Ms. Sandra’s Class

What can they possibly learn at this age?

It’s easy to underestimate the brainpower of three to six year-old children. But consider how accomplished they are on day one of Montessori.

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    Sandpaper Letters

     Tracing letter shapes anticipates writing.

In a very short time, they have learned to walk, to control their bodies, to understand most of what adults have to say, and to make their own desires known.

The fact is that young children are consummate explorers, with the daunting task of making order from a new and confusing world.


Ms. Sandra’s class is a young explorer’s paradise where students teach themselves fine motor skills while familiarizing themselves with the alphabet, conceptualizing volume, understanding the relationships behind numbers, and much more.

What does a typical day look like?

The children start the morning socializing outside, before lining up to go inside at 8:30. The class day starts with a few minutes of group time, with a science lesson and sometimes a story. During these group lessons, the children learn to listen attentively and respect their fellow students, lessons which will follow them through the rest of their Montessori career and out into the world.

After this brief group time, the students spend the majority of their time in individual uninterrupted work periods, where they can expand on the day’s lesson with follow-up activities, or explore other learning opportunities that best fire their current personal interests.

Later, the children have a snack and return outside for recess. Whenever possible, the children also eat lunch outside at noon. Physical activity is critical to maintaining health and keeping the child in the right mental state for learning. After lunch, the children read, then have a Spanish lesson and/or continue morning work.

Consistent with the observations of Maria Montessori, students spend more time working individually and less time in group activities. Montessori found that when the pace of learning is set by the teacher, children who are ready for more advanced concepts are frustrated by a pace that is too slow and children who are still working through previous concepts are frustrated by a pace that leaves them behind. To preserve that young explorer spirit, children are given time to work at their own pace on subjects that most interest them at the time. These times are called sensitive periods.

What are sensitive periods?

Parents often ask one another, “what is your child in to right now?” Understanding the child’s interests is critical to following the child and maximizing learning. In her observations of young students, Maria Montessori identified “sensitive periods” when physiology, psychology and interest coincide to create periods of intense interest in subjects from letters, words, and numbers to reading and nature.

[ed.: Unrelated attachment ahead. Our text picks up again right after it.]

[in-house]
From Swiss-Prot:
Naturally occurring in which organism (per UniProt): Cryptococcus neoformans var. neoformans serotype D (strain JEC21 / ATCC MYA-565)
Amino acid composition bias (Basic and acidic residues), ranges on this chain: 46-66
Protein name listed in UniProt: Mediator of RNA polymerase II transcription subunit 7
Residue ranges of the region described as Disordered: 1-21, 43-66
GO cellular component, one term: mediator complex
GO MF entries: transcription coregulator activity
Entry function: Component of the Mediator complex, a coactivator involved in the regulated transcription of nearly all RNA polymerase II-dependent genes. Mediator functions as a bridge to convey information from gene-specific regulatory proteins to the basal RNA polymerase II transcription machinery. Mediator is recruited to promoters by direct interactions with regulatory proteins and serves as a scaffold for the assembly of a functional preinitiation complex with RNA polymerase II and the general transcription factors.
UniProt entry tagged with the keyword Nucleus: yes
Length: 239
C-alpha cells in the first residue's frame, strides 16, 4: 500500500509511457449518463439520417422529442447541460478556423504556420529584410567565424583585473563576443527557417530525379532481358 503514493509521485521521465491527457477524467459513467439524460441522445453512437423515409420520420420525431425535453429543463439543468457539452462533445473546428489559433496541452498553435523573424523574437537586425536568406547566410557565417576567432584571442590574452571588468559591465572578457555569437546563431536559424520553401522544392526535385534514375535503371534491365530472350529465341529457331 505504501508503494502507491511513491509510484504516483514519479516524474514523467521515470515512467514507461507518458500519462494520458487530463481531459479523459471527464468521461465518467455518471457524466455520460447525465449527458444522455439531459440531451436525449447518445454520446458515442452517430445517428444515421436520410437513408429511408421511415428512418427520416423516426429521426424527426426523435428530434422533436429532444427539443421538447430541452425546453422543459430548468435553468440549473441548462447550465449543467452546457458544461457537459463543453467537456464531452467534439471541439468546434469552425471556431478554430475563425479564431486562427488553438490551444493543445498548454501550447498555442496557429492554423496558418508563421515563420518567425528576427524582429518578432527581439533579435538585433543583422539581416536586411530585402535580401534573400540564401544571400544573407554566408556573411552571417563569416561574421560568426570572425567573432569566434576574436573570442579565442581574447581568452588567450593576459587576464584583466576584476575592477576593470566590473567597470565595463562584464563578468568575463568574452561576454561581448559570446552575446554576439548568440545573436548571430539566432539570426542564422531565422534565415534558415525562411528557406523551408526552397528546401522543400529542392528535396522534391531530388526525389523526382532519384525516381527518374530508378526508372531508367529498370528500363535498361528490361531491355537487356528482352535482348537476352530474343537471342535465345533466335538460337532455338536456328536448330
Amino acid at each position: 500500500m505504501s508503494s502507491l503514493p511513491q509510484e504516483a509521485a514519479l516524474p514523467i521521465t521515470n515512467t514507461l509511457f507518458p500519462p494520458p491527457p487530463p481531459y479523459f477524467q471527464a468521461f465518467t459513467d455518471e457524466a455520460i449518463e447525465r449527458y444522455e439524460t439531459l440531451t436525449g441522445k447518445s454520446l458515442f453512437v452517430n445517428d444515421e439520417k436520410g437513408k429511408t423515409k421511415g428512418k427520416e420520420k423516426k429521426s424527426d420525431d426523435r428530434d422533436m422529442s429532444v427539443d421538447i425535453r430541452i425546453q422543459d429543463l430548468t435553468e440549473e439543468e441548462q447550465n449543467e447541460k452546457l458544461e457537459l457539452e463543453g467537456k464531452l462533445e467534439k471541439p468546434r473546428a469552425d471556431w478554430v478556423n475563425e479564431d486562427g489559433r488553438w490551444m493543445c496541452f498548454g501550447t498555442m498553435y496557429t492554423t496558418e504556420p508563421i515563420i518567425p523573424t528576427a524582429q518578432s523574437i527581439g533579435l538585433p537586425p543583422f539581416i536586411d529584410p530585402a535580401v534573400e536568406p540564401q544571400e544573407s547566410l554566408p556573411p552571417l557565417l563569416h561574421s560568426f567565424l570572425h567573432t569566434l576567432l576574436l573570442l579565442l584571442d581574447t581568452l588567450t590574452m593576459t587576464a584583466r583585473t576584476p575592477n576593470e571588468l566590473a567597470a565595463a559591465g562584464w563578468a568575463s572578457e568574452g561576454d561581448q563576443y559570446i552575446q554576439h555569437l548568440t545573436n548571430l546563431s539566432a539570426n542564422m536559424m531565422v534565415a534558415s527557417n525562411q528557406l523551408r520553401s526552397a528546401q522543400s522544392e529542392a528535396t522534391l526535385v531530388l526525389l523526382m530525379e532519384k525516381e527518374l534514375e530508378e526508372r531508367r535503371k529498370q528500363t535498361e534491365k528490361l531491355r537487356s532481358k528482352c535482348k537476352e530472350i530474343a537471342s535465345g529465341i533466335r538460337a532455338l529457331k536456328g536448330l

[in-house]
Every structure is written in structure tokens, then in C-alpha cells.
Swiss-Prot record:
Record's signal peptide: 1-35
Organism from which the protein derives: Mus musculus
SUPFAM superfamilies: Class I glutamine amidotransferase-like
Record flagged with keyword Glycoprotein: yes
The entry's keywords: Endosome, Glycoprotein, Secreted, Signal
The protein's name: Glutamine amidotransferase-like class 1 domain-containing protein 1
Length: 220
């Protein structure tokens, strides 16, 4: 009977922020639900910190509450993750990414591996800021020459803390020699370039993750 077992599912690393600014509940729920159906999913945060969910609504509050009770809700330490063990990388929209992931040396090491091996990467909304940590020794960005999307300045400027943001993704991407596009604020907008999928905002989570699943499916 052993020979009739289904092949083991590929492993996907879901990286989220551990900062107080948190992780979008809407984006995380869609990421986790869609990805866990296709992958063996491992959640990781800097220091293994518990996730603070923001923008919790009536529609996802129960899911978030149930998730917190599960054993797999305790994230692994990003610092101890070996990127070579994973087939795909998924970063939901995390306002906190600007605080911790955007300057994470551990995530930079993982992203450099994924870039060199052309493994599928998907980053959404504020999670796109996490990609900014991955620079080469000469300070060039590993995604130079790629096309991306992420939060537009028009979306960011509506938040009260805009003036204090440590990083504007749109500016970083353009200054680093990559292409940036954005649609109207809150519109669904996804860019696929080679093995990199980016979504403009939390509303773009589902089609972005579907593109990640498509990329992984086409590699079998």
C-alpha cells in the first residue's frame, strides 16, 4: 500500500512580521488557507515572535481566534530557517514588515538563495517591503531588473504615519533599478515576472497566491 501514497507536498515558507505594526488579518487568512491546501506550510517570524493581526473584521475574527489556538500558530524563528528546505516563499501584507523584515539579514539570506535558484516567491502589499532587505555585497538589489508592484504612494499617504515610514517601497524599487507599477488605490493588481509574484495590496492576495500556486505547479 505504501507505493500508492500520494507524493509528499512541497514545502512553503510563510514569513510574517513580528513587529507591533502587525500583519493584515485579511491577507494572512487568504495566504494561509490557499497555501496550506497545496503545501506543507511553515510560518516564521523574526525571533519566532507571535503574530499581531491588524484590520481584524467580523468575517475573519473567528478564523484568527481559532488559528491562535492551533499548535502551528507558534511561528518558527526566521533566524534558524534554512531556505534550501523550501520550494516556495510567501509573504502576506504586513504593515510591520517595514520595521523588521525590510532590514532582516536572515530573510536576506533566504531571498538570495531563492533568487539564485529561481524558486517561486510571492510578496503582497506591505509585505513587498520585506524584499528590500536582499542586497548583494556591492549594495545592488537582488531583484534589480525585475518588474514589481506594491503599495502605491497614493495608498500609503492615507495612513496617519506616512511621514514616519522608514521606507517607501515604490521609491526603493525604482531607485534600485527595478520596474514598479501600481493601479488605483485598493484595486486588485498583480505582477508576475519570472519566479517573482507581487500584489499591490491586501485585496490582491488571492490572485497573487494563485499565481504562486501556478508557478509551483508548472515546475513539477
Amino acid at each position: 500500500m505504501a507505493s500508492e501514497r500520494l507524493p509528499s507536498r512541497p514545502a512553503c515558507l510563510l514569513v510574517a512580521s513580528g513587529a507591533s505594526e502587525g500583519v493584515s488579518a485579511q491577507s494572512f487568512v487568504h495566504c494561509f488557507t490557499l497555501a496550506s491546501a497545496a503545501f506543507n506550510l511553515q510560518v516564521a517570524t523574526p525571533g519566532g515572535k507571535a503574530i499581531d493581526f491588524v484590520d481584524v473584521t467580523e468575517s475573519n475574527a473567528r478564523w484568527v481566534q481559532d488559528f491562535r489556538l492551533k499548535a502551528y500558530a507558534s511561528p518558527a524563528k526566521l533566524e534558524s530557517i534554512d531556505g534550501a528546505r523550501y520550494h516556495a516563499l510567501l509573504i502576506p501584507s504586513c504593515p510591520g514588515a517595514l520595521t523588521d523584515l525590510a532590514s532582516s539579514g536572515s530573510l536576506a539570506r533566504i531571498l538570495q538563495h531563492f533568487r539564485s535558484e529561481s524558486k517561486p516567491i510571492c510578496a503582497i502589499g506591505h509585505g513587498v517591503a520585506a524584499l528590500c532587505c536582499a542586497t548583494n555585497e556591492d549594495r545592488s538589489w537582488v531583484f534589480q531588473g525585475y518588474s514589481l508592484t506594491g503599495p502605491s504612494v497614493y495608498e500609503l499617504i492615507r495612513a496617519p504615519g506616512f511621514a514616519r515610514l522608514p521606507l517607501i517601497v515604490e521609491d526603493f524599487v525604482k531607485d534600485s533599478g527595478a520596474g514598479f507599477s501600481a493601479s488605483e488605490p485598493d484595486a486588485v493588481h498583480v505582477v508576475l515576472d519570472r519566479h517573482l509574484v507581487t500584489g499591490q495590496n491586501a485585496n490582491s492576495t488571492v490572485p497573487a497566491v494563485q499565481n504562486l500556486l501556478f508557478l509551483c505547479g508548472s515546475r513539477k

During these sensitive periods, students in the correct environment often experience explosive advances in learning. This correct environment consists of an ordered classroom with easy access to Montessori Materials, which are themselves carefully designed to give the young explorer only one problem to solve at-a-time and a clear and enjoyable path to success.

Sensitive periods tend to overlap, so a child might be “in to” exploring colors at the same time she is “in to” identifying shapes. Such a child might choose to work with metal insets, where they learn shapes, decorate with colored pencils, and, incidentally, develop the hand-eye communication that will be critical for learning to write.

th_ms_sandraMs. Sandra Valenzuela, Teacher

  • Team Member Since: 1980
  • Montessori Training Completed: 1987
  • Quote: “To aid life, leaving it free, however, to unfold itself, that is the basic task of the educator.” – Maria Montessori

th_ms_sarahMs. Sara, Assistant

  • Team Member Since: 2001
  • Quote: “The environment must be rich in motives which lend interest to activity and invite the child to conduct his own experiences.” – Maria Montessori

What else does the class do that is different?

Every year, the class tries to attend a Rodeo Day at the San Antonio Stock Show and Rodeo and almost every year a petting zoo visits. The school has also enjoyed visits from Dinosaur George, Last Chance Forever (saving endangered birds of prey), Chicken Dog, the Trinity Players, and more. And of course, we have a great time with every holiday from Halloween, Thanksgiving, Christmas, Chanukah and Kwanza to Valentine’s and the Fourth of July. Near Summer, parents are invited to join students for lunchtime music and recitals at Brown Bag Day.

Ready to learn more? Please arrange with Mr. Andreas to visit Ms. Sandra’s primary class. We look forward to meeting you.